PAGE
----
Sunday, October 1, 2023

TBR: Mama Said: Stories by Kristen Gentry

TBR [to be read] is a semi-regular, invitation-only interview series with authors of newly released/forthcoming, interesting books who will tell us about their new work as well as offer tips on writing, stories about the publishing biz, and from time to time, a recipe. 


Give us your elevator pitch: what’s your book about in 2-3 sentences?


Mama Said is set in Louisville, Kentucky at the tail end of the crack epidemic and the rise of the opioid crisis. It follows three daughters–cousins in the same family–who come of age struggling against their mothers’ drug addictions. 


Which story did you most enjoy writing? Why? And, which story gave you the most trouble, and why?


I had a lot of fun writing “Animal Kingdom.” It’s set on Derby, back when you could still cruise through West Louisville. The Kentucky Derby on TV is big hats, mint juleps, and rich white people. Derby to me, and a lot of black Louisvillians, is cruising on Broadway, barbecues, and music. It’s basically a miles-long block party. Capturing that on the page required a lot of reminiscing on Derby days of my past and made me feel like I was back in Louisville in all of the energy and excitement though I was bundled up in my house or cupping a a mug of tea in a coffee shop in cold, gray Rochester, New York. 


Although it was also fun creating Bryce’s character, that man gave me truh-ble! Actually, my boyfriend and I got into a fight about Bryce’s character. I generally have a hard time writing male characters, so I always run them by him. I read him some bits and he said Bryce’s interaction with Angel wasn’t believable given his age (thirty), her age (seventeen), and the setting (half-naked girls shaking ass for men pointing camcorders). But I knew Bryce’s heart, as the old folks say, and I fought, quite literally, off the page with my boyfriend and on the page to bring that to life and make it real.


Tell us a bit about the highs and lows of your book’s road to publication.


It took me a looong time to write Mama Said. Fourteen years. Part of the reason why it took so long and what had happened was… (😂) that I didn’t really begin writing the collection until I left grad school. The book’s overarching mother-daughter conflict rooted in the mother’s addiction is pulled from personal conflict that played out between me and my mother. I’d avoided addressing that in my writing until my thesis deadline was approaching and I needed more pages to meet the minimum. I wrote what was at the top of my mind and ended up with the first draft of “A Satisfying Meal,” in which the protagonist, JayLynn, takes her boyfriend to Thanksgiving dinner and is mortified as her family’s dysfunction, that she could easily hide two hours away at school in Bloomington, Indiana, unfolds before both of them.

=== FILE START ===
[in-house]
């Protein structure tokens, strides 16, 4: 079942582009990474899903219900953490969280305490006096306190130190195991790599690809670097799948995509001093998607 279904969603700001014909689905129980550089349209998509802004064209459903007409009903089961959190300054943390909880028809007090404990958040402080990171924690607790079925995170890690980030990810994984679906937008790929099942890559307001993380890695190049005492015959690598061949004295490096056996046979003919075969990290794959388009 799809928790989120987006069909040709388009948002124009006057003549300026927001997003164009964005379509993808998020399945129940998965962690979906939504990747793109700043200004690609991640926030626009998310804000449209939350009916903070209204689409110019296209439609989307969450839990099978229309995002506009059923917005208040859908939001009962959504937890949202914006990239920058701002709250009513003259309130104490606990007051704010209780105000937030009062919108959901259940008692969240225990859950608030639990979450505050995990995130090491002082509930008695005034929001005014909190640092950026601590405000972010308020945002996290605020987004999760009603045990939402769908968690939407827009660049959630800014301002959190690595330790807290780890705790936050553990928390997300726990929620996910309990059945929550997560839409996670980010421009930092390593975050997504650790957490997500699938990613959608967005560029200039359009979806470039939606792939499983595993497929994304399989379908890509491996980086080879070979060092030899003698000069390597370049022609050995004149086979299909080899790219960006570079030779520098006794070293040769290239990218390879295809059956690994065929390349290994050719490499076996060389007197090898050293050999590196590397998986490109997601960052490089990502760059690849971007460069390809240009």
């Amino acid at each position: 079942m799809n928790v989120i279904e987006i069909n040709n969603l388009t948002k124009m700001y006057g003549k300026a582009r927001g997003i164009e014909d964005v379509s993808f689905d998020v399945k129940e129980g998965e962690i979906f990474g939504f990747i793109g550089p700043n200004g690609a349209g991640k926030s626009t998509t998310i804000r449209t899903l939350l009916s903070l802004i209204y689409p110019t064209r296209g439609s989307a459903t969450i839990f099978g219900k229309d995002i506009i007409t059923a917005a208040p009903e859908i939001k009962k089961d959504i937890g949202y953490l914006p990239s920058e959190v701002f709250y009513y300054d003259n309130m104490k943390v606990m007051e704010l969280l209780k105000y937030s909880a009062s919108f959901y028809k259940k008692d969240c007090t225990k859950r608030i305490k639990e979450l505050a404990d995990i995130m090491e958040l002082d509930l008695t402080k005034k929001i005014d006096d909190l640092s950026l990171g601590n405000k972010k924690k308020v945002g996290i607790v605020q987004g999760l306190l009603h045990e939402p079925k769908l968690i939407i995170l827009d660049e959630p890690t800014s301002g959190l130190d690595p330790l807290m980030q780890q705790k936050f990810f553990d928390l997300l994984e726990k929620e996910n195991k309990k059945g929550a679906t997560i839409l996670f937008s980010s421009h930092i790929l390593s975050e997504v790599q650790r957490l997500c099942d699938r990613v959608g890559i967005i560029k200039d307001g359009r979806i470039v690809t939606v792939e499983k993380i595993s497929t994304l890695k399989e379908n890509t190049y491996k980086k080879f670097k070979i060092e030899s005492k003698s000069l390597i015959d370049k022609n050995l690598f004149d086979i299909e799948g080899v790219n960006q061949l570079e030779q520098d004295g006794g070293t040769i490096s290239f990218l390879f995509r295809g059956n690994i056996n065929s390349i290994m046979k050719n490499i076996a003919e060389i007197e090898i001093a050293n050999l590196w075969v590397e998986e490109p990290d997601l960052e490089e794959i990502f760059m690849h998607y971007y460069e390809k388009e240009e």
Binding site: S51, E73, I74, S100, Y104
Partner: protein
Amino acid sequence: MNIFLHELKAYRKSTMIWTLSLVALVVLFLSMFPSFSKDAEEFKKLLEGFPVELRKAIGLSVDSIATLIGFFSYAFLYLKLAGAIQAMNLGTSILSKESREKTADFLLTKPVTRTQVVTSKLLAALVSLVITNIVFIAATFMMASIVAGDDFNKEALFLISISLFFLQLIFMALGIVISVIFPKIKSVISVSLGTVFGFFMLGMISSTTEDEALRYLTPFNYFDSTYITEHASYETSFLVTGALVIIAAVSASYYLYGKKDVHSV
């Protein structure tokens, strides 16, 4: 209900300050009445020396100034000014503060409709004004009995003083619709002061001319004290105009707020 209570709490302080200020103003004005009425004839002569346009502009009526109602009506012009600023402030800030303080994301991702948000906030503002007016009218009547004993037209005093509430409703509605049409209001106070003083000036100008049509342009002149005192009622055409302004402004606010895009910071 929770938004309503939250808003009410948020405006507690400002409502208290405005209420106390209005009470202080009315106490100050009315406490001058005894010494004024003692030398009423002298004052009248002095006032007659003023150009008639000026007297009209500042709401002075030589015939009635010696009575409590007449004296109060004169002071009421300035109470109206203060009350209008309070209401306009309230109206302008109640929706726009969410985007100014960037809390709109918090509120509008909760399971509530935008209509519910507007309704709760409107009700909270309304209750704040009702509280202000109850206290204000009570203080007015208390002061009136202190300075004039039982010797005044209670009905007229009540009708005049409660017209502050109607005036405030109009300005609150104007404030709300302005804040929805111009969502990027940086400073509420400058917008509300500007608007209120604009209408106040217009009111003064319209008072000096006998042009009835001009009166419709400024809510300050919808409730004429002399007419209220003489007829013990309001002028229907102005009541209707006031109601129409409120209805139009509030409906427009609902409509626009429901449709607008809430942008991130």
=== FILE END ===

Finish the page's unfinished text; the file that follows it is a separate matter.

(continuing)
Another reason why it took so long to write the book is because I wasn’t writing for months at a time. You know how people say you have to carve out your writing time and be ruthless about maintaining it? I was doing none of that. I let the responsibilities of my job as a professor completely take over my life–for years! There was no work-life balance. I often graded in the time I had scheduled to write because I was always behind on grading. 


Yet another reason why it took so long to write the book is because I’m a slow writer, largely because I’m a perfectionist. I don’t know why I put so much pressure on myself, especially in first drafts, when I know I’m going to revise the sugar honey iced tea out of it, but I do. I’m working on it.